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A Better Way

By Walter Fenton

February 4, 2022

Photo by Cytonn Photography on Unsplash

While the vast majority of theologically conservative United Methodist local churches are waiting to part ways with their denomination once the General Conference adopts a plan of separation later this year, others are not.

This past Sunday, Frazer Church, one of the largest congregations in the Alabama-West Florida Annual Conference, voted to disaffiliate from the UM Church and join the Free Methodist Church. It is one of several dozen other local UM churches that have left the UM Church over the past year.

In light of several local churches that have disaffiliated from the Missouri Annual Conference, Bishop Robert Farr, the conference’s episcopal leader, recently released a statement and a frequently asked questions document regarding the disaffiliation process. While the statement briefly notes the grief Farr and the annual conference feel over the departure of sister congregations, it is principally a word of advice to other local churches contemplating disaffiliation.

“[S]ome attorneys [representing local churches] have engaged in disappointing practices,” Farr wrote. “[T]hey have refused to share the calculation of disaffiliation payments until after a congregation votes for disaffiliation, taken actions in violation of the Missouri Nonprofit Corporations Law, and made statements they knew to be false. In many cases, small churches have paid tens of thousands of dollars in legal fees on top of the same payment a similar church that worked directly with the Conference paid.”

Since disaffiliating from the UM Church is not something many clergy and lay leaders have ever done or even contemplated, those considering it find it a challenge to understand the various ways to exit the denomination. Not surprisingly, some turn to attorneys to help them navigate the process.

Legal fees can quickly add up as attorneys acquaint themselves with the UM Church’s Book of Discipline, and then begin interacting with conference officials. When both parties are committed to reaching a fair and amicable agreement, the process can be straightforward, though inevitably time consuming and costly for a local church. However, if the parties perceive one another as adversaries, and attorneys offer unsound advice, local churches can spend tens of thousands of dollars in legal expenses on top of exit fees owed to the annual conference.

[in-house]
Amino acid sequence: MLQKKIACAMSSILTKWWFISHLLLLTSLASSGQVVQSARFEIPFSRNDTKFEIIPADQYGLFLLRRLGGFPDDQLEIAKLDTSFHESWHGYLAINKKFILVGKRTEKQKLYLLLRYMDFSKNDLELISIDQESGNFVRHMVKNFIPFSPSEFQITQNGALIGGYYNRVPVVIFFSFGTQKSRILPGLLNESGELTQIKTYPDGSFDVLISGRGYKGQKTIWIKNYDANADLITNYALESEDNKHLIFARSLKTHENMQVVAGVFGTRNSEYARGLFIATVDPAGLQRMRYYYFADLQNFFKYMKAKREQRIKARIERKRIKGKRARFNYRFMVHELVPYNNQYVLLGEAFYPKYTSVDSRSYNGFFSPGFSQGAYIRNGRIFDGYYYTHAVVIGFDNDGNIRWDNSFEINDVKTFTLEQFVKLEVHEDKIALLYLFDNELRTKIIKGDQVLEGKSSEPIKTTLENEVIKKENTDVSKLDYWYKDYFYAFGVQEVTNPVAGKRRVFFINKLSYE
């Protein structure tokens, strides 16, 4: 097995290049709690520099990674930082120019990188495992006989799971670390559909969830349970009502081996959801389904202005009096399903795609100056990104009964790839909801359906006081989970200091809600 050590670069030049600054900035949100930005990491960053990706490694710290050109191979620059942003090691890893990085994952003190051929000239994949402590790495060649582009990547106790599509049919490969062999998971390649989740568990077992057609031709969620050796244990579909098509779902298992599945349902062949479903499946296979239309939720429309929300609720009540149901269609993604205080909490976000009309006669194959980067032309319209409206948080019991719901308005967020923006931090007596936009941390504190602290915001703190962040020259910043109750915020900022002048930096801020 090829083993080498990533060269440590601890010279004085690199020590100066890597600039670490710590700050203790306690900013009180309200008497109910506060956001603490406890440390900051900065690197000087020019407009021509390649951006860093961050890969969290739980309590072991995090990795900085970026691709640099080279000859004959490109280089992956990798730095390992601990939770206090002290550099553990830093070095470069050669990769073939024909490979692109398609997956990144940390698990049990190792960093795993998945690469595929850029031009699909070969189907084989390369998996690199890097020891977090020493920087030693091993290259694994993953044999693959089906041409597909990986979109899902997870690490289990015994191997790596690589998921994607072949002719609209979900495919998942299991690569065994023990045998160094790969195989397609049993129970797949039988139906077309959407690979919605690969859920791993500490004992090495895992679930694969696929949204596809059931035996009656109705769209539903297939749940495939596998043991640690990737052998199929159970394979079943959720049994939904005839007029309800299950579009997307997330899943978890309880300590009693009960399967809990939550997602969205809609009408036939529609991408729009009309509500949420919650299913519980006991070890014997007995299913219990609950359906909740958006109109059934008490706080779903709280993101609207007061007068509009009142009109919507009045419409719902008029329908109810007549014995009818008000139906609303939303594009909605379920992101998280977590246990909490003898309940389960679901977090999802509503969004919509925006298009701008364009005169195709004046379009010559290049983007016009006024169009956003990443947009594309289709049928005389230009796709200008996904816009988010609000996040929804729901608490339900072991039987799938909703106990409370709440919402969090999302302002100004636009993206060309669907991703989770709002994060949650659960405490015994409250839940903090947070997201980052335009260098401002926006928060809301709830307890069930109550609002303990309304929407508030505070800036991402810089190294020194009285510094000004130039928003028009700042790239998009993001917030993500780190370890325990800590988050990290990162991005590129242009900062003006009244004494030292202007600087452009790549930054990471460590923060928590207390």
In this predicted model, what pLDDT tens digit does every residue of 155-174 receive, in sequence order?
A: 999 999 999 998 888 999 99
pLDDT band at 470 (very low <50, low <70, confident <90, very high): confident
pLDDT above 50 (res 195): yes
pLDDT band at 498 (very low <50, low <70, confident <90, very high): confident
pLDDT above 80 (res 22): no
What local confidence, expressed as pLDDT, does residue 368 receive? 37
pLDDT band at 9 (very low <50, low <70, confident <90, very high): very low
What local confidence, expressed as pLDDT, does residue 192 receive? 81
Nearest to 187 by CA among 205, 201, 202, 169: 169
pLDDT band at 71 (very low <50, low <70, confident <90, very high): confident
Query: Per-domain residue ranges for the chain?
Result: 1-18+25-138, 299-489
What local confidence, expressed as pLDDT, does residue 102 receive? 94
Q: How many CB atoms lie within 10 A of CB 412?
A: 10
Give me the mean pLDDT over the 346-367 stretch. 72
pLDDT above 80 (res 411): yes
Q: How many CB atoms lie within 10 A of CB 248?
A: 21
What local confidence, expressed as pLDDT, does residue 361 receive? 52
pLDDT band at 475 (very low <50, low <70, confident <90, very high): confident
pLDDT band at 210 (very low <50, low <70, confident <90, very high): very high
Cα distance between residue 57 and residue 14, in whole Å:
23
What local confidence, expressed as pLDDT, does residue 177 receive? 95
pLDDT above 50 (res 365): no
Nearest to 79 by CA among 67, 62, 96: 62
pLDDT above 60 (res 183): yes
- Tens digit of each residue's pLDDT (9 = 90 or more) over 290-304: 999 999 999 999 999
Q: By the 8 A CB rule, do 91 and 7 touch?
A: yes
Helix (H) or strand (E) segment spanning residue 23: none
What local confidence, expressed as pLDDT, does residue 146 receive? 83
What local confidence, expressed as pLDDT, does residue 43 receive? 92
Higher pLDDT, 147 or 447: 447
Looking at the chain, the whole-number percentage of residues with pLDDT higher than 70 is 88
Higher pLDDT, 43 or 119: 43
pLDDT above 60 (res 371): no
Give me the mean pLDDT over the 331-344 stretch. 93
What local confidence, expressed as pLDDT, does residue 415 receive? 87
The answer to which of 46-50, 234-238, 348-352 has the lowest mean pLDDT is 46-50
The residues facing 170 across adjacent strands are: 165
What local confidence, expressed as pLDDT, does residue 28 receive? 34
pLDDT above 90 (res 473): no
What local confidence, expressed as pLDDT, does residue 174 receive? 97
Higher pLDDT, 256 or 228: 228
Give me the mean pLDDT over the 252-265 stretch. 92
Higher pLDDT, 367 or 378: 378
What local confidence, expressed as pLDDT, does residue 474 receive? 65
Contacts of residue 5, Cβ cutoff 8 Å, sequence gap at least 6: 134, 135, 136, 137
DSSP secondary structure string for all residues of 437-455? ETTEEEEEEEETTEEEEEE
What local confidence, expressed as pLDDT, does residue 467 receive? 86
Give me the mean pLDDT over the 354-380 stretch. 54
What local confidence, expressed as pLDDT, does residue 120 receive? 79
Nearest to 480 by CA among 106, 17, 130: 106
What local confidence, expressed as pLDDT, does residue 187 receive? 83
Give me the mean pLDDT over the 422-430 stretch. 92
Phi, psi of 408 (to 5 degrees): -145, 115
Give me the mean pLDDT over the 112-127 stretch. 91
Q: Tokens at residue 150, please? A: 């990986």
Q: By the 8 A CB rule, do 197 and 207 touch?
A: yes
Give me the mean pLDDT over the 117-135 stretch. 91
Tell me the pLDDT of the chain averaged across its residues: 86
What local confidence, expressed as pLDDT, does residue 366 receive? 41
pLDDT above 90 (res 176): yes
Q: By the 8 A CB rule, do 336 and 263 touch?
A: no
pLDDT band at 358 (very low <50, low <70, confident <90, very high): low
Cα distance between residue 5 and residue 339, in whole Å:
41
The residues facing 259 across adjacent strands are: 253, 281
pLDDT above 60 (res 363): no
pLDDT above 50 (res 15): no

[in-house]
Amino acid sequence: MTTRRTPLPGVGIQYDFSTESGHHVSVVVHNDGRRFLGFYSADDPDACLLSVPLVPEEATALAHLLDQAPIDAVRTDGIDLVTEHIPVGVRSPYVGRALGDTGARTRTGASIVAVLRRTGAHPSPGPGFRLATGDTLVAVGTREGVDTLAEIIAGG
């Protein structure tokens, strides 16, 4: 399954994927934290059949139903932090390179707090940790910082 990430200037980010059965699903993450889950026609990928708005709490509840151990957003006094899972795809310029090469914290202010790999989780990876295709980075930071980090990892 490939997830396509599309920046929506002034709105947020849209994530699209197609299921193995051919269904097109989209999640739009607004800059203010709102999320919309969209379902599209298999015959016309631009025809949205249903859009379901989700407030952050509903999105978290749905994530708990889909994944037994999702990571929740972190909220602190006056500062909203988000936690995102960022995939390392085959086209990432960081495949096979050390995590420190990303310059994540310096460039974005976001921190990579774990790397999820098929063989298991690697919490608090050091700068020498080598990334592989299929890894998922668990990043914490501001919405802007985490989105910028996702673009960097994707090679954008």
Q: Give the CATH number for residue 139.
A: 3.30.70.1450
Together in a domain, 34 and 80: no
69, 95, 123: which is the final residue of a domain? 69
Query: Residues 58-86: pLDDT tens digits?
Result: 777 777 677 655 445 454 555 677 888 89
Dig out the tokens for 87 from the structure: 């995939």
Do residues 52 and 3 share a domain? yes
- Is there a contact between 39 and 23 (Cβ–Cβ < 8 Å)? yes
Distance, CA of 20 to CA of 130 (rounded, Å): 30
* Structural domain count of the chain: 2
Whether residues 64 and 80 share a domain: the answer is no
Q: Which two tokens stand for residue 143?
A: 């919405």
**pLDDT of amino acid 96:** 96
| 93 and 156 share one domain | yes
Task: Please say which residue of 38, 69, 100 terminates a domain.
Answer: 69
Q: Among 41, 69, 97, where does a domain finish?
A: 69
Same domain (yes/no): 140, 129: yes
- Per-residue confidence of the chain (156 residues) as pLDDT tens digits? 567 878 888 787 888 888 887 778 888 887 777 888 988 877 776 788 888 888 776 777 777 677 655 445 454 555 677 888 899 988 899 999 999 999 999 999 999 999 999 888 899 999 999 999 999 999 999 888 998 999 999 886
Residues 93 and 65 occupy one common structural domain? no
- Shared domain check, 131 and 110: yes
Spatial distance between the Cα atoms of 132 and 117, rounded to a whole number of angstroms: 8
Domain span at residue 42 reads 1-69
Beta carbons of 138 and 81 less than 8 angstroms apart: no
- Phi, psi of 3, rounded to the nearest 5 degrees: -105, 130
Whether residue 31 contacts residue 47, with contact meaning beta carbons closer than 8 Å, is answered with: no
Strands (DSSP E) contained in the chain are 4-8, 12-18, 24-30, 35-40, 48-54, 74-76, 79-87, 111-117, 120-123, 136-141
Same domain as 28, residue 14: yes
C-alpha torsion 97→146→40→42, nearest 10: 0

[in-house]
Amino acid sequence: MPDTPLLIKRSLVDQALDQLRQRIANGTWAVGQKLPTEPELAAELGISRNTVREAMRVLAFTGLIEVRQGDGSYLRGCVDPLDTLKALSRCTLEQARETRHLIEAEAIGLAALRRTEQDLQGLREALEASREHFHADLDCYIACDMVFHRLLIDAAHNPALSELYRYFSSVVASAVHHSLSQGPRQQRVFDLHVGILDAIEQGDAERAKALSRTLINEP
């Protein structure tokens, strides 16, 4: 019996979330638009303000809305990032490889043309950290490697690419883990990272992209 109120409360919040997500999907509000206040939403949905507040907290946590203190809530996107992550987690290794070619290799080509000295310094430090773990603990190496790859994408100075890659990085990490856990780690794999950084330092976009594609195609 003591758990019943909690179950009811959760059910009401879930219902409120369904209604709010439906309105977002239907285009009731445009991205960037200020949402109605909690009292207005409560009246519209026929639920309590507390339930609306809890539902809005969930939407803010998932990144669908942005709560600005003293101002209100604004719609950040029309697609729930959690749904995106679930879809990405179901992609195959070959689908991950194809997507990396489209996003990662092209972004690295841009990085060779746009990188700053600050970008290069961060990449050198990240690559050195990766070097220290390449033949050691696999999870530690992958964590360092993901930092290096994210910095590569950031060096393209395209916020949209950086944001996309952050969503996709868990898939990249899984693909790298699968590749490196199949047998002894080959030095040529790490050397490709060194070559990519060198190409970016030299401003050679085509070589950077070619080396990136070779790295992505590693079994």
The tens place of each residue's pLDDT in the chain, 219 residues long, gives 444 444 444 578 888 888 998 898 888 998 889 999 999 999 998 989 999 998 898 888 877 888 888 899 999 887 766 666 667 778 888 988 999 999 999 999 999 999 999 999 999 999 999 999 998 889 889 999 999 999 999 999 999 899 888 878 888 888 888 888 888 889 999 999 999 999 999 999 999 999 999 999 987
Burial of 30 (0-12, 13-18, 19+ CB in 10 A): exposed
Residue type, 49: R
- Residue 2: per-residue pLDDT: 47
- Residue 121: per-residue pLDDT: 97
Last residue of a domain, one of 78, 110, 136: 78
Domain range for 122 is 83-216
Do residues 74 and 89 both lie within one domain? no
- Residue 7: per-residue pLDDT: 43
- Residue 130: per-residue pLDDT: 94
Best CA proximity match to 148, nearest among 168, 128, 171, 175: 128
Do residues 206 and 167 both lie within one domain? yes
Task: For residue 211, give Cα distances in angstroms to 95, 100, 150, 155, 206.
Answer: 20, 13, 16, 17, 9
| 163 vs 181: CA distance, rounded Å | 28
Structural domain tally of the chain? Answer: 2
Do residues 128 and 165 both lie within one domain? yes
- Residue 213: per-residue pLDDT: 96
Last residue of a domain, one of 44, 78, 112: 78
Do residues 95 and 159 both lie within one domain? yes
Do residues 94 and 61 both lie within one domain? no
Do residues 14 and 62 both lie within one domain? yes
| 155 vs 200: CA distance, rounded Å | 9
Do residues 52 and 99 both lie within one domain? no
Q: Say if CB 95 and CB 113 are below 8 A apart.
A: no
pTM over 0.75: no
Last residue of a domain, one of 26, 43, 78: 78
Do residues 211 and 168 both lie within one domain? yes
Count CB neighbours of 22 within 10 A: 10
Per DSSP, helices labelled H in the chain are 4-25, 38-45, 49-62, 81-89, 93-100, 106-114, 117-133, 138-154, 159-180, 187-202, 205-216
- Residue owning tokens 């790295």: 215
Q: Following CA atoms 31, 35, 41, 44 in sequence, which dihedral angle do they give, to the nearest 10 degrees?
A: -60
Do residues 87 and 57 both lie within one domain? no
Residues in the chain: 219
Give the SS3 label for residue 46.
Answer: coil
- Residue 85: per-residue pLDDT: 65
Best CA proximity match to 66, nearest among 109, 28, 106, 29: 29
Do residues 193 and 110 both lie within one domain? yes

“As an attorney myself, I’m thankful the majority of people in the profession practice according to the highest standards,” said the Rev. Keith Boyette, President of the Wesleyan Covenant Association. “However, like any profession, we have our share of bad apples. When it comes to church law, some attorneys do poor research and then pass along bad advice to their clients. And even worse, some are unscrupulous and wittingly maneuver their clients into paying much higher legal fees than necessary. I wholeheartedly concur with Bishop Farr’s advice that local church leaders should do their due diligence before hiring an attorney.”

The Wesleyan Covenant Association has encouraged theologically conservative local churches to wait for the adoption of Protocol of Reconciliation and Grace through Separation and then, under its terms, join the Global Methodist Church. While acknowledging the Protocol includes compromises neither centrist-progressives nor conservatives like, the WCA continues to believe it resolves a decades long dispute as amicably as possible. It allows theologically conservative local churches to join the new denomination with all their property and assets without costly disaffiliation fees. The adoption of the Protocol would also keep the general church and local congregations from engaging in the bitter civil litigation that has cost other mainline denomination’s tens of millions of dollars.

“We certainly understand why some local churches have grown impatient and have decided to disaffiliate with the UM Church,” said the Rev. Carolyn Moore, Chairwoman of the WCA’s Global Council. “Back in early 2020 we were justifiably confident the Protocol was going to be approved at the 2020 General Conference. But of course, no one saw the Covid-19 pandemic coming and so a two-year delay in holding General Conference. However, for good reasons, we continue to believe the Protocol will pass later this year, so our counsel remains that local churches prayerfully and faithfully hang-in there for a few more months.”

Unlike some UM Church episcopal leaders, Bishop Farr wrote in his statement that he and Missouri Annual Conference leaders are willing to amicably and fairly work with local churches that want to disaffiliate. He noted that congregations and clergy that have expressed an interest in exiting the denomination have not been “the target[s] of any type of retribution.”

“We do have our differences with some of the terms the Missouri Annual Conference seeks to impose on disaffiliating churches,” said Boyette. “We think certain terms are contrary to what the Discipline clearly states. We counsel churches who choose to disaffiliate not to agree to terms that differ from those adopted by the 2019 General Conference. Nevertheless, we welcome efforts to allow local churches to depart as amicably as possible. In that spirit, while the Protocol has yet to be adopted, we believe annual conference leaders and local churches should use its terms as a model for parting ways.”

The Rev. Walter Fenton is Vice President for Strategic Engagement for the Wesleyan Covenant Association and an elder in the Greater New Jersey Annual Conference.


East Ohio WCA is not affiliated with the East Ohio UNITED METHODIST CHURCH.

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